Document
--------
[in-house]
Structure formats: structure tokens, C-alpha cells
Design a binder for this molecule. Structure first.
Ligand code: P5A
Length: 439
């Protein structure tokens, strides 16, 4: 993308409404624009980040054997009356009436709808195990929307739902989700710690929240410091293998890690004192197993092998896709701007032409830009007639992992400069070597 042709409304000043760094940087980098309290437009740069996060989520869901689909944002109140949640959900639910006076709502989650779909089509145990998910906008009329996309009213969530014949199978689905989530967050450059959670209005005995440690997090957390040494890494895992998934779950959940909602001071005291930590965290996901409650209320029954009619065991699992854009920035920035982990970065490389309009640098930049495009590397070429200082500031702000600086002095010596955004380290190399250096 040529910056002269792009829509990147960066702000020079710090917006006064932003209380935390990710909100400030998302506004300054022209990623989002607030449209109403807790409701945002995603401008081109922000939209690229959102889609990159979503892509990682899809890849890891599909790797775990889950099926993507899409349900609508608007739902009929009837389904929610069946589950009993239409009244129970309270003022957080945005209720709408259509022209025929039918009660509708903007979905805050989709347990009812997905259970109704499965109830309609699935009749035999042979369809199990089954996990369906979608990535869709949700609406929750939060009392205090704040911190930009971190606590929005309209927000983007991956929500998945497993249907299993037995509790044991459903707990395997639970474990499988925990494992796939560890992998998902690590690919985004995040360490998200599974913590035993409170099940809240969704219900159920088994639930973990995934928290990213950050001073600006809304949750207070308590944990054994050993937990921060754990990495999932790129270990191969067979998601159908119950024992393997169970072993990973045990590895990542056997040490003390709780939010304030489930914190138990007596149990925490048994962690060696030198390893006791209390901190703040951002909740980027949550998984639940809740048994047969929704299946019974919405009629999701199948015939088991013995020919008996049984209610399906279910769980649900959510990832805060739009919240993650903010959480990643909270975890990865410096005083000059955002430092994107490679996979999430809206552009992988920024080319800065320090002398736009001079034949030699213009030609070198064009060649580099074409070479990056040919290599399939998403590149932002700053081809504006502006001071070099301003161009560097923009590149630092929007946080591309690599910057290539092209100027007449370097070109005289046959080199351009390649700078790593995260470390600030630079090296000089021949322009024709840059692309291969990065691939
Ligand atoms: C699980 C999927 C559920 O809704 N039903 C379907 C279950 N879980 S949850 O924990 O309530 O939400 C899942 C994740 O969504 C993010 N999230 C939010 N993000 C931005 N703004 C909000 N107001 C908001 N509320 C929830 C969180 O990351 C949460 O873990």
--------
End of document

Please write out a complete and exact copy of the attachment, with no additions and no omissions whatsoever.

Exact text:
[in-house]
Structure formats: structure tokens, C-alpha cells
Design a binder for this molecule. Structure first.
Ligand code: P5A
Length: 439
């Protein structure tokens, strides 16, 4: 993308409404624009980040054997009356009436709808195990929307739902989700710690929240410091293998890690004192197993092998896709701007032409830009007639992992400069070597 042709409304000043760094940087980098309290437009740069996060989520869901689909944002109140949640959900639910006076709502989650779909089509145990998910906008009329996309009213969530014949199978689905989530967050450059959670209005005995440690997090957390040494890494895992998934779950959940909602001071005291930590965290996901409650209320029954009619065991699992854009920035920035982990970065490389309009640098930049495009590397070429200082500031702000600086002095010596955004380290190399250096 040529910056002269792009829509990147960066702000020079710090917006006064932003209380935390990710909100400030998302506004300054022209990623989002607030449209109403807790409701945002995603401008081109922000939209690229959102889609990159979503892509990682899809890849890891599909790797775990889950099926993507899409349900609508608007739902009929009837389904929610069946589950009993239409009244129970309270003022957080945005209720709408259509022209025929039918009660509708903007979905805050989709347990009812997905259970109704499965109830309609699935009749035999042979369809199990089954996990369906979608990535869709949700609406929750939060009392205090704040911190930009971190606590929005309209927000983007991956929500998945497993249907299993037995509790044991459903707990395997639970474990499988925990494992796939560890992998998902690590690919985004995040360490998200599974913590035993409170099940809240969704219900159920088994639930973990995934928290990213950050001073600006809304949750207070308590944990054994050993937990921060754990990495999932790129270990191969067979998601159908119950024992393997169970072993990973045990590895990542056997040490003390709780939010304030489930914190138990007596149990925490048994962690060696030198390893006791209390901190703040951002909740980027949550998984639940809740048994047969929704299946019974919405009629999701199948015939088991013995020919008996049984209610399906279910769980649900959510990832805060739009919240993650903010959480990643909270975890990865410096005083000059955002430092994107490679996979999430809206552009992988920024080319800065320090002398736009001079034949030699213009030609070198064009060649580099074409070479990056040919290599399939998403590149932002700053081809504006502006001071070099301003161009560097923009590149630092929007946080591309690599910057290539092209100027007449370097070109005289046959080199351009390649700078790593995260470390600030630079090296000089021949322009024709840059692309291969990065691939
Ligand atoms: C699980 C999927 C559920 O809704 N039903 C379907 C279950 N879980 S949850 O924990 O309530 O939400 C899942 C994740 O969504 C993010 N999230 C939010 N993000 C931005 N703004 C909000 N107001 C908001 N509320 C929830 C969180 O990351 C949460 O873990």